Now that barriers to lung cancer biomarker testing are understood, how are they being addressed? Experts Dr. Heather Wakelee and Dr. Leigh Boehmer discuss positive procedural changes that are assisting multidisciplinary teams to reduce time to testing and to overcome financial barriers to care.
Dr. Nicole Rochester:
We’ve talked a lot about the barriers, which are many, what’s on the horizon or what positive trends have you all seen, and specifically what are the opportunities, what are some things that are either happening or that are being explored with regard to removing some of these barriers or all of the barriers that each of you have talked about? I’ll start with you, Dr. Wakelee, give us some hope.
Dr. Heather Wakelee:
All right. Great. Well, I think there is reason to have hope. Absolutely. There always is reason to have hope. And so many organizations, including ISLC, including ACCC, including NCC…I mean, you could name any organization that’s involved in cancer care and education, is really focusing on this issue of making sure that every oncologist knows the importance of doing biomarker testing for patients with non-small cell lung cancer, that we are trying to expand that not just to the oncologist, but also to the folks making the diagnosis, so they can be aware as well. Patient advocacy groups are very engaged in this as well, making sure that when someone is newly diagnosed, if they reach out to an advocacy group, one of the messages they hear is, have you asked about testing what’s happening with the tumor testing?
The more people who are aware that’s a standard of care in treating lung cancer, the more that’s going to happen, and then continuing to explore those financial barriers, and as more agents are FDA-approved, where that becomes a preferred first sign option, but you only know that if the testing’s happened, that leads to campaigning to make sure that the testing is being covered as well, you know, when you can argue, this patient isn’t getting the FDA-approved best care for their cancer because that testing wasn’t done, that’s a really powerful statement. And I think that’s what we’re seeing change happening.
Dr. Nicole Rochester:
That is incredible, thank you. Thank you so much. I can smile again.
Dr. Nicole Rochester:
What about you, Dr. Boehmer? I know you’re getting…your organization is doing a lot of work in this area, so tell us about some of the advances, some of the improvements and tackling some of these barriers that both of you have elucidated today.
Dr. Leigh Boehmer:
So Dr. Wakelee, thank you for all of those hope-inducing concepts and methodologies, because I honestly believe that so many of us learn best today by seeing someone like me doing X, Y, Z, so I know I can do it as well. So I think it’s about documentation of justification of testing for prior authorization claims. I think it’s about working together with the multidisciplinary team, pharmacist, advanced practitioners, oncology-certified nurses to help manage that back and forth with testing and external pathology and laboratory companies, to make sure that results show up in the right spot in the electronic health record so that they can be interpreted, shared with patients, communicated and contextualized in real time. I think it’s about greater incorporation as we’ve seen across so many of our programs of the tenets of shared clinical decision-making, and how to have a meaningful conversation with a patient and/or their caregivers about testing and its role on treatment and drug selection, and outcomes, and progression-free survival. And there are a lot of programs out there that are doing bits of this or different points along that continuum.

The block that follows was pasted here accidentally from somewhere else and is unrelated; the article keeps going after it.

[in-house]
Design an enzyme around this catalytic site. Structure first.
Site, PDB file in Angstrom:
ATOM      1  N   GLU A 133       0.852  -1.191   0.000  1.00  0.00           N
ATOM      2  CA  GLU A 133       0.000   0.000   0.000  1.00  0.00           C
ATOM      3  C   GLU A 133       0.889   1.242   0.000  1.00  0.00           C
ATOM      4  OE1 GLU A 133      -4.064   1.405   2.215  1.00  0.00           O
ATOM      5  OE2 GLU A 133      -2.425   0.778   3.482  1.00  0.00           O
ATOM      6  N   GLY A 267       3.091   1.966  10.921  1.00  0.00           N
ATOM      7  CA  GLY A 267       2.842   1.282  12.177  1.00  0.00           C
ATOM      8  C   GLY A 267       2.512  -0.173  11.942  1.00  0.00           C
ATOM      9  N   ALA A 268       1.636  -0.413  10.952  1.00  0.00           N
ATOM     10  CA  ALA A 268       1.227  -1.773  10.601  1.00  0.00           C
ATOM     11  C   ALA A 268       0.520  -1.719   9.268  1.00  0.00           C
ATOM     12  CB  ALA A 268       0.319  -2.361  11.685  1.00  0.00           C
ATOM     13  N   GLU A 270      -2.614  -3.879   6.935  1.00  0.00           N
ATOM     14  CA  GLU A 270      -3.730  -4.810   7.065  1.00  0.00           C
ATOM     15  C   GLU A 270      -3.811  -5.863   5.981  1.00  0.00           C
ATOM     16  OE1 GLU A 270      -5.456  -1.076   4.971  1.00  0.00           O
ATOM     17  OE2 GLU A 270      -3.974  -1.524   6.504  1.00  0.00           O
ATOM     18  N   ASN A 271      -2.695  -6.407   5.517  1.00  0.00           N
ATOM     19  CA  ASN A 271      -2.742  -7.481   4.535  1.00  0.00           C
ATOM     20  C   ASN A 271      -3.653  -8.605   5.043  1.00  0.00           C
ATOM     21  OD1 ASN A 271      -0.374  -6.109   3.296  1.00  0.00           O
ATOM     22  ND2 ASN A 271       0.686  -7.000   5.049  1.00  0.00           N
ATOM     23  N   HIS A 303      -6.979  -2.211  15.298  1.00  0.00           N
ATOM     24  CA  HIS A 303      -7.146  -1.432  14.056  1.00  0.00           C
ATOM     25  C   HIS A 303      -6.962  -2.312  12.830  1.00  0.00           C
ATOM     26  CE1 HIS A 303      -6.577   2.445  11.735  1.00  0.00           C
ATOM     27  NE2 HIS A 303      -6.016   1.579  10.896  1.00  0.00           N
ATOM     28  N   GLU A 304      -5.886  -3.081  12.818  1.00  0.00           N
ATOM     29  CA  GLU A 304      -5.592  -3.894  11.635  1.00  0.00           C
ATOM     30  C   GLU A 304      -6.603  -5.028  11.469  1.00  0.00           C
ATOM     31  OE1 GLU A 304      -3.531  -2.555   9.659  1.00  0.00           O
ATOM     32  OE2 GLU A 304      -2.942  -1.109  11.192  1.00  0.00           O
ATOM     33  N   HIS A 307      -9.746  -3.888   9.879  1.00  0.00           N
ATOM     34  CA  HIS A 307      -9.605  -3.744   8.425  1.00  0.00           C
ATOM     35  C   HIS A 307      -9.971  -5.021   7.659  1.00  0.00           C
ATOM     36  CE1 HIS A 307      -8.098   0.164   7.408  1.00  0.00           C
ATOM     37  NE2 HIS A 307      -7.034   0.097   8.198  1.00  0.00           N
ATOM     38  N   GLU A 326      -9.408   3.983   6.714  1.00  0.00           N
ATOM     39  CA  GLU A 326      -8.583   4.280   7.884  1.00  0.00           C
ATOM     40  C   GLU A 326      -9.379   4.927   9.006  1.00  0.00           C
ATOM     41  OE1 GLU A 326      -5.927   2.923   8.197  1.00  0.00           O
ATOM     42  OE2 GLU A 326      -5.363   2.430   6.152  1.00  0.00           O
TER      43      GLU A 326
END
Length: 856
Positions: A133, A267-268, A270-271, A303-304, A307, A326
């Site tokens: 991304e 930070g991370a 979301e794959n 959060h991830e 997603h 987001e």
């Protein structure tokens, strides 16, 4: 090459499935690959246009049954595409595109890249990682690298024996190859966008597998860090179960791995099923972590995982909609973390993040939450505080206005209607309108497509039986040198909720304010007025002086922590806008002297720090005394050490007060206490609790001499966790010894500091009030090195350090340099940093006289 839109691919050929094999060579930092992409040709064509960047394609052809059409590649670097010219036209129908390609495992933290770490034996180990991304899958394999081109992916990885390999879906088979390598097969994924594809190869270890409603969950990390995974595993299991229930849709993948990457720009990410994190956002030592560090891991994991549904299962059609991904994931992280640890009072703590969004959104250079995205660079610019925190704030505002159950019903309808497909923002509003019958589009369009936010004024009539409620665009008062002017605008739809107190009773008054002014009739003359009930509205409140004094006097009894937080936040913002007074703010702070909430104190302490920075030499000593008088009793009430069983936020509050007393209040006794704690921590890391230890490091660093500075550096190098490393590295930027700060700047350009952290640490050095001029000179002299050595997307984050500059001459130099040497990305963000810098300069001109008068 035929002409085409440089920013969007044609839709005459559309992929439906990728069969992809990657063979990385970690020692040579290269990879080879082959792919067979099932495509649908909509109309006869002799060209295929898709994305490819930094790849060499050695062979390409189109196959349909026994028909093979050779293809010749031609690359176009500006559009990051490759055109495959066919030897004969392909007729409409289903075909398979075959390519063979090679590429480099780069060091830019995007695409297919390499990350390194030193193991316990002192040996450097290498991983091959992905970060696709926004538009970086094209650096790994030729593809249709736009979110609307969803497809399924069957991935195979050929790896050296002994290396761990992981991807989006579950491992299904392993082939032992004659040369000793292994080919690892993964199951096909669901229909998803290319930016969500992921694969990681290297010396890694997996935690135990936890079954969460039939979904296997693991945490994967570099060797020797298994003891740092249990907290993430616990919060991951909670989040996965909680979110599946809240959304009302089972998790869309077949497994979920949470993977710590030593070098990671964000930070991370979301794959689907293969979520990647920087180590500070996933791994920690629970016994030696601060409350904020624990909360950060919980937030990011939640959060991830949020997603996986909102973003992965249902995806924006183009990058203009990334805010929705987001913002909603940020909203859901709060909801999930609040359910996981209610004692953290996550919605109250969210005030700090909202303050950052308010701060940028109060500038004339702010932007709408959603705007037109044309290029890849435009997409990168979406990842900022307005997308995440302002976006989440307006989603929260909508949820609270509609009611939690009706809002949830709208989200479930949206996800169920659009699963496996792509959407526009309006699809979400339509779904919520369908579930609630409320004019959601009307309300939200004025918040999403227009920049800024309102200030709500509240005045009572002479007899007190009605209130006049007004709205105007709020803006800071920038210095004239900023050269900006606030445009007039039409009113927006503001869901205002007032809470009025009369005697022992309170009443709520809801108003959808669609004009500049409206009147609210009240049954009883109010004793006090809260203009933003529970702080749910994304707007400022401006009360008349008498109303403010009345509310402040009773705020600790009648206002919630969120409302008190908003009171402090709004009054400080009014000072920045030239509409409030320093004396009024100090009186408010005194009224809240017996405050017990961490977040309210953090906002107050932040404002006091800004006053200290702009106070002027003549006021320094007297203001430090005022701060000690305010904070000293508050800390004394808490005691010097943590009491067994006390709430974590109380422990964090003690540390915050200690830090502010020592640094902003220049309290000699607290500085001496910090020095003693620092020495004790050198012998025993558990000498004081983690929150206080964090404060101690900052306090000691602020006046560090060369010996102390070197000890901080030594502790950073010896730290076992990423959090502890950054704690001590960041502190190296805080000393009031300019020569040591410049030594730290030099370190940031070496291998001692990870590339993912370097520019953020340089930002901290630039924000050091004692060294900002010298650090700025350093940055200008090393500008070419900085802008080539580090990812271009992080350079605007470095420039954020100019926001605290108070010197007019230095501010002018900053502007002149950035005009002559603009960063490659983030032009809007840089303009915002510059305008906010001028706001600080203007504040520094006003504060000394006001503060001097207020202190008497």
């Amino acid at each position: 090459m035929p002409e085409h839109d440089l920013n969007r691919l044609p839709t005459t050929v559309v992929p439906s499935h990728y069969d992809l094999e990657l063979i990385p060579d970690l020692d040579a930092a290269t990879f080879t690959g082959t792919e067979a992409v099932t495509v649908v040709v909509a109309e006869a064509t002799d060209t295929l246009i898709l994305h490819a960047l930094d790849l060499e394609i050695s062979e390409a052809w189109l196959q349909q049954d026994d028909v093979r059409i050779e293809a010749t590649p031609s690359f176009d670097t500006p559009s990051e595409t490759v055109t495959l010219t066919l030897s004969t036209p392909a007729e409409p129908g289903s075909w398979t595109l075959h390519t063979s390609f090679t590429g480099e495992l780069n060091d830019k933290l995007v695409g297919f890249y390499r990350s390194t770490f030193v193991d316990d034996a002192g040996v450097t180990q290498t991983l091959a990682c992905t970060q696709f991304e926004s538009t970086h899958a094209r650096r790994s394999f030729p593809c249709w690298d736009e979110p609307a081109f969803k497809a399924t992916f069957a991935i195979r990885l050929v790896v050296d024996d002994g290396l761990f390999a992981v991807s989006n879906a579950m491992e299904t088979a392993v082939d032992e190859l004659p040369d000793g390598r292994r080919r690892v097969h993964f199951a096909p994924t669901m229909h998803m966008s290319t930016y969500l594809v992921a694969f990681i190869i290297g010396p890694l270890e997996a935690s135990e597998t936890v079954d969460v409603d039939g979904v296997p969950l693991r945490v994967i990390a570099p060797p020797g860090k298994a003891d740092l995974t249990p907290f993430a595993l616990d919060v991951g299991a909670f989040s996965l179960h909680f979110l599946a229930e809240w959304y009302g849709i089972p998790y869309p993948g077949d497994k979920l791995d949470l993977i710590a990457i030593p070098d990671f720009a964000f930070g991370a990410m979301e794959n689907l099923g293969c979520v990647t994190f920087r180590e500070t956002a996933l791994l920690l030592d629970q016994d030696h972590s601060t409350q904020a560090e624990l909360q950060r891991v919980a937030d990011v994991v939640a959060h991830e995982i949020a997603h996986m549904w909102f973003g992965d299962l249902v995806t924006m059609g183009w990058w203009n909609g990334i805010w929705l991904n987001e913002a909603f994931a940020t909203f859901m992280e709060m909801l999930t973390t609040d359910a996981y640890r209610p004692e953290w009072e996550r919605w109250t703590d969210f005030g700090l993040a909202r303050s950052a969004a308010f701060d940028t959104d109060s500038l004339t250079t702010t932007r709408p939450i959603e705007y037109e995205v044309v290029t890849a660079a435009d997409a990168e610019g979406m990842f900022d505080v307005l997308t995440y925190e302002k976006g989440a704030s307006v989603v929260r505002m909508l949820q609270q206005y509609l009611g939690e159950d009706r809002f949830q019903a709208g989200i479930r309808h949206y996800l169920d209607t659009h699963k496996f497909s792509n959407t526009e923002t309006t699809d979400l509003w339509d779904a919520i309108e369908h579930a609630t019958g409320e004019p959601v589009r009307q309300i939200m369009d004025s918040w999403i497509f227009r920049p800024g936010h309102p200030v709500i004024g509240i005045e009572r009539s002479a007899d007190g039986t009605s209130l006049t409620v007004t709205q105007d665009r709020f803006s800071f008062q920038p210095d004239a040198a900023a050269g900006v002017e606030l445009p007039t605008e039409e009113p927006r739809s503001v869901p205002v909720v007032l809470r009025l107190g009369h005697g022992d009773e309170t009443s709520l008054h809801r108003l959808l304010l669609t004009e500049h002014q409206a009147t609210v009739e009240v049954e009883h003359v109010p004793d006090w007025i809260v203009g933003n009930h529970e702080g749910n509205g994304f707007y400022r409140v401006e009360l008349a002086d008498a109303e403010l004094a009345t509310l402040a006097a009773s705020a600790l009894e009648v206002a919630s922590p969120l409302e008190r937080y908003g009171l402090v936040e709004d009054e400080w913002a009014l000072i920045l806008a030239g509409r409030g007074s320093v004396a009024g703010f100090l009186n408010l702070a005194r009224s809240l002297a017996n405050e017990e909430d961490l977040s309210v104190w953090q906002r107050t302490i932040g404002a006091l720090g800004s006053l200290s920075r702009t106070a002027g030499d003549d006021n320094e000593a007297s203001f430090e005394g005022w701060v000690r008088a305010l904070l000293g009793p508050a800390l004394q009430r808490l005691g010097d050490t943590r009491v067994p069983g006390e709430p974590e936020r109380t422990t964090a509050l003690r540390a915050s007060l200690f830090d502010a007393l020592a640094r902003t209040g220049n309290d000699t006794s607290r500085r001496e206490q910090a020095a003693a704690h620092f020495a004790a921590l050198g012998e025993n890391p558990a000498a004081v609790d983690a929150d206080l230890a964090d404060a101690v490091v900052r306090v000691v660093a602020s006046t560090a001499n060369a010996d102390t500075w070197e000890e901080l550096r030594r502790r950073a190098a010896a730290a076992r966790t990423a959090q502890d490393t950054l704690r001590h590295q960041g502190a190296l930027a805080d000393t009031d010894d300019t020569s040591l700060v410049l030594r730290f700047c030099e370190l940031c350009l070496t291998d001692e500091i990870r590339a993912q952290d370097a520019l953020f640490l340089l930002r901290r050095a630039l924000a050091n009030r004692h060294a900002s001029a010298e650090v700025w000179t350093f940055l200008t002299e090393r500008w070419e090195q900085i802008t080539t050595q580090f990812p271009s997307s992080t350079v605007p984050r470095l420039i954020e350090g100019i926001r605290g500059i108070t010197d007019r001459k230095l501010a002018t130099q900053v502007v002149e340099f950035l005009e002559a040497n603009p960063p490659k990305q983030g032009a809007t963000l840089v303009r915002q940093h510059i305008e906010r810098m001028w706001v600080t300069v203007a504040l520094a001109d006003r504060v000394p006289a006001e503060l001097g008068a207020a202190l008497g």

ACCC for example, building on the research I shared before, recognizes that a lot of community programs don’t have kind of operational best practices for how to incorporate biomarker testing into a patient’s journey, and so for lung, and also, for example, for breast cancer, we’re working on creating care pathways which will help multidisciplinary clinician teams integrate discussions of biomarker testing and its impact at various critical time points along a patient’s diagnosis to treatment, to survivorship or end-of-life care. And those are just examples of us not being overly duplicative, but putting all the resources in one place, talking about timing, talking about when and how to have meaningful conversations, and then doing it with health-literate, vetted resources and through a lens of equity and shared decision-making, because you look like me, you had success with it. I’m going to do it for my at-risk patients as well, because one, it’s the right thing to do. And two, you taught me how to do it, and three, you told me what success looks like so I can measure myself against you, and that’s a successful model for scalability.